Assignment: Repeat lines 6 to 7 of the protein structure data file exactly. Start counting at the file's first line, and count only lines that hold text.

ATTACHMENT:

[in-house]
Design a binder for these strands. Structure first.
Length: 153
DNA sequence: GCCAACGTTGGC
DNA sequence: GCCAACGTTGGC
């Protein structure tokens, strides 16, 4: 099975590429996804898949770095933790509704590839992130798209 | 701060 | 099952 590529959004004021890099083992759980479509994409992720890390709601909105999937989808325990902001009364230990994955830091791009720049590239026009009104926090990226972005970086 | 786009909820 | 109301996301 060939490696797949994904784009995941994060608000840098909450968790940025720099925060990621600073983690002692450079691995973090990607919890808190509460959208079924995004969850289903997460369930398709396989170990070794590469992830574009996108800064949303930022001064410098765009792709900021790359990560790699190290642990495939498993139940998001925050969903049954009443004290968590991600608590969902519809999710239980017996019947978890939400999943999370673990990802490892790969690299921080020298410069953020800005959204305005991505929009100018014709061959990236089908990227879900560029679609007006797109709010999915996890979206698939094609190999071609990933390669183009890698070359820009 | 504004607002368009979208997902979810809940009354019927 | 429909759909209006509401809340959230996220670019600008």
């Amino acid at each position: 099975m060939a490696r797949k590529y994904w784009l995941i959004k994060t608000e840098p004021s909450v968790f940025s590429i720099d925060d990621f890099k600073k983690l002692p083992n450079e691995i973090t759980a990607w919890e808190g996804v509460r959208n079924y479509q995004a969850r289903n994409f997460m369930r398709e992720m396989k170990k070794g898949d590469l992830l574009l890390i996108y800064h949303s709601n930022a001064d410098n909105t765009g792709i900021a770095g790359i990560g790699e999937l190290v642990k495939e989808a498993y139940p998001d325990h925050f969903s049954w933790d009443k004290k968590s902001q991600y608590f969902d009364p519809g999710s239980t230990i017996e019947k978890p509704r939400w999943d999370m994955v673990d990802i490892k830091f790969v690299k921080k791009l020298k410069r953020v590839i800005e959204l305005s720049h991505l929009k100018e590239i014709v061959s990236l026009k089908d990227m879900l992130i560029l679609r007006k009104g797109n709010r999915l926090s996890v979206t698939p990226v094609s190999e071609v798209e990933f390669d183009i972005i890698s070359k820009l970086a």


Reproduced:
């Protein structure tokens, strides 16, 4: 099975590429996804898949770095933790509704590839992130798209 | 701060 | 099952 590529959004004021890099083992759980479509994409992720890390709601909105999937989808325990902001009364230990994955830091791009720049590239026009009104926090990226972005970086 | 786009909820 | 109301996301 060939490696797949994904784009995941994060608000840098909450968790940025720099925060990621600073983690002692450079691995973090990607919890808190509460959208079924995004969850289903997460369930398709396989170990070794590469992830574009996108800064949303930022001064410098765009792709900021790359990560790699190290642990495939498993139940998001925050969903049954009443004290968590991600608590969902519809999710239980017996019947978890939400999943999370673990990802490892790969690299921080020298410069953020800005959204305005991505929009100018014709061959990236089908990227879900560029679609007006797109709010999915996890979206698939094609190999071609990933390669183009890698070359820009 | 504004607002368009979208997902979810809940009354019927 | 429909759909209006509401809340959230996220670019600008």
């Amino acid at each position: 099975m060939a490696r797949k590529y994904w784009l995941i959004k994060t608000e840098p004021s909450v968790f940025s590429i720099d925060d990621f890099k600073k983690l002692p083992n450079e691995i973090t759980a990607w919890e808190g996804v509460r959208n079924y479509q995004a969850r289903n994409f997460m369930r398709e992720m396989k170990k070794g898949d590469l992830l574009l890390i996108y800064h949303s709601n930022a001064d410098n909105t765009g792709i900021a770095g790359i990560g790699e999937l190290v642990k495939e989808a498993y139940p998001d325990h925050f969903s049954w933790d009443k004290k968590s902001q991600y608590f969902d009364p519809g999710s239980t230990i017996e019947k978890p509704r939400w999943d999370m994955v673990d990802i490892k830091f790969v690299k921080k791009l020298k410069r953020v590839i800005e959204l305005s720049h991505l929009k100018e590239i014709v061959s990236l026009k089908d990227m879900l992130i560029l679609r007006k009104g797109n709010r999915l926090s996890v979206t698939p990226v094609s190999e071609v798209e990933f390669d183009i972005i890698s070359k820009l970086a």